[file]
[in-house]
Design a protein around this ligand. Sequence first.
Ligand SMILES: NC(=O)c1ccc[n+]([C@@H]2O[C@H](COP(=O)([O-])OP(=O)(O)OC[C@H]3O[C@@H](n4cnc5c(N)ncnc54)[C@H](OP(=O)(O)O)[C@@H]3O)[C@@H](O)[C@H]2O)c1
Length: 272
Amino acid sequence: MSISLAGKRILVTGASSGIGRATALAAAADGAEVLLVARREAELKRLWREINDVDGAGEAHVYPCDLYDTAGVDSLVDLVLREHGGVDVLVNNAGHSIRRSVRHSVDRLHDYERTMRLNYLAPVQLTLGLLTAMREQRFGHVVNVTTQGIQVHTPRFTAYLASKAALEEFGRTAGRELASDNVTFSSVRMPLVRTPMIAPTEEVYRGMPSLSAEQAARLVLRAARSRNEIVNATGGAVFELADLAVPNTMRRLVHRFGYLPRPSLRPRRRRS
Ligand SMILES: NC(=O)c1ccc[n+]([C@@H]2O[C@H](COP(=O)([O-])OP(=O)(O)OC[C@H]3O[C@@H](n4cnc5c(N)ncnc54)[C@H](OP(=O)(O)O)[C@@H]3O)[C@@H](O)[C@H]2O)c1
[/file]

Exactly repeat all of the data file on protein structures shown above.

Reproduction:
[in-house]
Design a protein around this ligand. Sequence first.
Ligand SMILES: NC(=O)c1ccc[n+]([C@@H]2O[C@H](COP(=O)([O-])OP(=O)(O)OC[C@H]3O[C@@H](n4cnc5c(N)ncnc54)[C@H](OP(=O)(O)O)[C@@H]3O)[C@@H](O)[C@H]2O)c1
Length: 272
Amino acid sequence: MSISLAGKRILVTGASSGIGRATALAAAADGAEVLLVARREAELKRLWREINDVDGAGEAHVYPCDLYDTAGVDSLVDLVLREHGGVDVLVNNAGHSIRRSVRHSVDRLHDYERTMRLNYLAPVQLTLGLLTAMREQRFGHVVNVTTQGIQVHTPRFTAYLASKAALEEFGRTAGRELASDNVTFSSVRMPLVRTPMIAPTEEVYRGMPSLSAEQAARLVLRAARSRNEIVNATGGAVFELADLAVPNTMRRLVHRFGYLPRPSLRPRRRRS
Ligand SMILES: NC(=O)c1ccc[n+]([C@@H]2O[C@H](COP(=O)([O-])OP(=O)(O)OC[C@H]3O[C@@H](n4cnc5c(N)ncnc54)[C@H](OP(=O)(O)O)[C@@H]3O)[C@@H](O)[C@H]2O)c1